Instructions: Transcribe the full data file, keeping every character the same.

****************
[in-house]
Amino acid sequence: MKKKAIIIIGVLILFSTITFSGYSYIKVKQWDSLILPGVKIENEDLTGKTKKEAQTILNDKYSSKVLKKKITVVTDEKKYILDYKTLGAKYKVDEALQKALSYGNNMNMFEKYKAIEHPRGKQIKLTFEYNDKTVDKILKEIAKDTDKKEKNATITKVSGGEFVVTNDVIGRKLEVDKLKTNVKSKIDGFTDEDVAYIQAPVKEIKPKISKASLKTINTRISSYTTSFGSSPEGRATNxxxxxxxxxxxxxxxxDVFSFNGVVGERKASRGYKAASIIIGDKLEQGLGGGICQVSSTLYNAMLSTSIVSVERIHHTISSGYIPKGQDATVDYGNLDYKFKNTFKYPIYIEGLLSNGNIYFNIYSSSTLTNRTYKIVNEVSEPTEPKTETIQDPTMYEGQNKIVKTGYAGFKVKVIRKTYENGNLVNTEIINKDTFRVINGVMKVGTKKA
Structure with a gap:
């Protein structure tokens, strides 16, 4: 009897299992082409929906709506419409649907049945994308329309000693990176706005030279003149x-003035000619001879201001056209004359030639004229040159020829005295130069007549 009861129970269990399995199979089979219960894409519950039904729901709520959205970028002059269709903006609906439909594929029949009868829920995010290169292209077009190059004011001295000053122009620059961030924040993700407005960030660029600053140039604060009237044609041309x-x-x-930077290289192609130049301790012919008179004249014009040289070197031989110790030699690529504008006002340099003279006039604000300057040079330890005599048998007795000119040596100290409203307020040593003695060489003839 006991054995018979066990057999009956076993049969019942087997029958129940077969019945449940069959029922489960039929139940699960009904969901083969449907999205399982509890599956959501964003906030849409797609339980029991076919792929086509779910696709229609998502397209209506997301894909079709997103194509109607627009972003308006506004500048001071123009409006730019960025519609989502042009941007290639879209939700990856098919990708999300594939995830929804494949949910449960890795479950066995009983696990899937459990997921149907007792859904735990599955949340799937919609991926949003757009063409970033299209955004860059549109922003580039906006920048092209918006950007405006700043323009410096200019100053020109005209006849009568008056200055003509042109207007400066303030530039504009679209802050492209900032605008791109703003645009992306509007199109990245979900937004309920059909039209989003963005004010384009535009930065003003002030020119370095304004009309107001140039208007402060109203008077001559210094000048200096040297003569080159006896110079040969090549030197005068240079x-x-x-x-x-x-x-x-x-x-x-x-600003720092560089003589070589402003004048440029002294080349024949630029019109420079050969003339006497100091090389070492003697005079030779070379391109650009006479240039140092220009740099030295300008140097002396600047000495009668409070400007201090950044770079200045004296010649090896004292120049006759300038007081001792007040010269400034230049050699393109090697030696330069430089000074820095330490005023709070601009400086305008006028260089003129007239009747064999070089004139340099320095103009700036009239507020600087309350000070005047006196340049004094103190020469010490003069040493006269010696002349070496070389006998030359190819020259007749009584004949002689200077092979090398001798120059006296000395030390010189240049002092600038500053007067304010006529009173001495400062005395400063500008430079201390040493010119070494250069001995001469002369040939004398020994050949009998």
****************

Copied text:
[in-house]
Amino acid sequence: MKKKAIIIIGVLILFSTITFSGYSYIKVKQWDSLILPGVKIENEDLTGKTKKEAQTILNDKYSSKVLKKKITVVTDEKKYILDYKTLGAKYKVDEALQKALSYGNNMNMFEKYKAIEHPRGKQIKLTFEYNDKTVDKILKEIAKDTDKKEKNATITKVSGGEFVVTNDVIGRKLEVDKLKTNVKSKIDGFTDEDVAYIQAPVKEIKPKISKASLKTINTRISSYTTSFGSSPEGRATNxxxxxxxxxxxxxxxxDVFSFNGVVGERKASRGYKAASIIIGDKLEQGLGGGICQVSSTLYNAMLSTSIVSVERIHHTISSGYIPKGQDATVDYGNLDYKFKNTFKYPIYIEGLLSNGNIYFNIYSSSTLTNRTYKIVNEVSEPTEPKTETIQDPTMYEGQNKIVKTGYAGFKVKVIRKTYENGNLVNTEIINKDTFRVINGVMKVGTKKA
Structure with a gap:
């Protein structure tokens, strides 16, 4: 009897299992082409929906709506419409649907049945994308329309000693990176706005030279003149x-003035000619001879201001056209004359030639004229040159020829005295130069007549 009861129970269990399995199979089979219960894409519950039904729901709520959205970028002059269709903006609906439909594929029949009868829920995010290169292209077009190059004011001295000053122009620059961030924040993700407005960030660029600053140039604060009237044609041309x-x-x-930077290289192609130049301790012919008179004249014009040289070197031989110790030699690529504008006002340099003279006039604000300057040079330890005599048998007795000119040596100290409203307020040593003695060489003839 006991054995018979066990057999009956076993049969019942087997029958129940077969019945449940069959029922489960039929139940699960009904969901083969449907999205399982509890599956959501964003906030849409797609339980029991076919792929086509779910696709229609998502397209209506997301894909079709997103194509109607627009972003308006506004500048001071123009409006730019960025519609989502042009941007290639879209939700990856098919990708999300594939995830929804494949949910449960890795479950066995009983696990899937459990997921149907007792859904735990599955949340799937919609991926949003757009063409970033299209955004860059549109922003580039906006920048092209918006950007405006700043323009410096200019100053020109005209006849009568008056200055003509042109207007400066303030530039504009679209802050492209900032605008791109703003645009992306509007199109990245979900937004309920059909039209989003963005004010384009535009930065003003002030020119370095304004009309107001140039208007402060109203008077001559210094000048200096040297003569080159006896110079040969090549030197005068240079x-x-x-x-x-x-x-x-x-x-x-x-600003720092560089003589070589402003004048440029002294080349024949630029019109420079050969003339006497100091090389070492003697005079030779070379391109650009006479240039140092220009740099030295300008140097002396600047000495009668409070400007201090950044770079200045004296010649090896004292120049006759300038007081001792007040010269400034230049050699393109090697030696330069430089000074820095330490005023709070601009400086305008006028260089003129007239009747064999070089004139340099320095103009700036009239507020600087309350000070005047006196340049004094103190020469010490003069040493006269010696002349070496070389006998030359190819020259007749009584004949002689200077092979090398001798120059006296000395030390010189240049002092600038500053007067304010006529009173001495400062005395400063500008430079201390040493010119070494250069001995001469002369040939004398020994050949009998």